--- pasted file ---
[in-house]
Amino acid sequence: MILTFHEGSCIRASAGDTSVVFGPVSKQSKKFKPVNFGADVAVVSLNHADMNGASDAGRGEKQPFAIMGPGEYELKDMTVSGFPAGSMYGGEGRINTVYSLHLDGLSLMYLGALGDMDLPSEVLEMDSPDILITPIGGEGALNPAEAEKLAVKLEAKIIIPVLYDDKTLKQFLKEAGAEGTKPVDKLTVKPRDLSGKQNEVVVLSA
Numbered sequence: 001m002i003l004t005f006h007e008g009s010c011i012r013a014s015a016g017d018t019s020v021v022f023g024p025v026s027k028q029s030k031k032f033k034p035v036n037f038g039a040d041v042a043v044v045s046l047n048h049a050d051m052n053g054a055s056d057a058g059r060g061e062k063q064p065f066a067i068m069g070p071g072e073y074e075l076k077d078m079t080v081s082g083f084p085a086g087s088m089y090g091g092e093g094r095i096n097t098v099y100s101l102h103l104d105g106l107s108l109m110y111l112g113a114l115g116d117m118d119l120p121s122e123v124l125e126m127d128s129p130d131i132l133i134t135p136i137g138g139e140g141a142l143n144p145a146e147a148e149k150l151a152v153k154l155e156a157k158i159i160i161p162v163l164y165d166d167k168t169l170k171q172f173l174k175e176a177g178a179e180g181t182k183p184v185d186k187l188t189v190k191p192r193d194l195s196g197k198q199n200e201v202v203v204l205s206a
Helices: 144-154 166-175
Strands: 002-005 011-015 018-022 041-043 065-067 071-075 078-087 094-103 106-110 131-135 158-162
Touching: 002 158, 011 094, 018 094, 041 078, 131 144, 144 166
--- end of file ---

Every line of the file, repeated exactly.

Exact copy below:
[in-house]
Amino acid sequence: MILTFHEGSCIRASAGDTSVVFGPVSKQSKKFKPVNFGADVAVVSLNHADMNGASDAGRGEKQPFAIMGPGEYELKDMTVSGFPAGSMYGGEGRINTVYSLHLDGLSLMYLGALGDMDLPSEVLEMDSPDILITPIGGEGALNPAEAEKLAVKLEAKIIIPVLYDDKTLKQFLKEAGAEGTKPVDKLTVKPRDLSGKQNEVVVLSA
Numbered sequence: 001m002i003l004t005f006h007e008g009s010c011i012r013a014s015a016g017d018t019s020v021v022f023g024p025v026s027k028q029s030k031k032f033k034p035v036n037f038g039a040d041v042a043v044v045s046l047n048h049a050d051m052n053g054a055s056d057a058g059r060g061e062k063q064p065f066a067i068m069g070p071g072e073y074e075l076k077d078m079t080v081s082g083f084p085a086g087s088m089y090g091g092e093g094r095i096n097t098v099y100s101l102h103l104d105g106l107s108l109m110y111l112g113a114l115g116d117m118d119l120p121s122e123v124l125e126m127d128s129p130d131i132l133i134t135p136i137g138g139e140g141a142l143n144p145a146e147a148e149k150l151a152v153k154l155e156a157k158i159i160i161p162v163l164y165d166d167k168t169l170k171q172f173l174k175e176a177g178a179e180g181t182k183p184v185d186k187l188t189v190k191p192r193d194l195s196g197k198q199n200e201v202v203v204l205s206a
Helices: 144-154 166-175
Strands: 002-005 011-015 018-022 041-043 065-067 071-075 078-087 094-103 106-110 131-135 158-162
Touching: 002 158, 011 094, 018 094, 041 078, 131 144, 144 166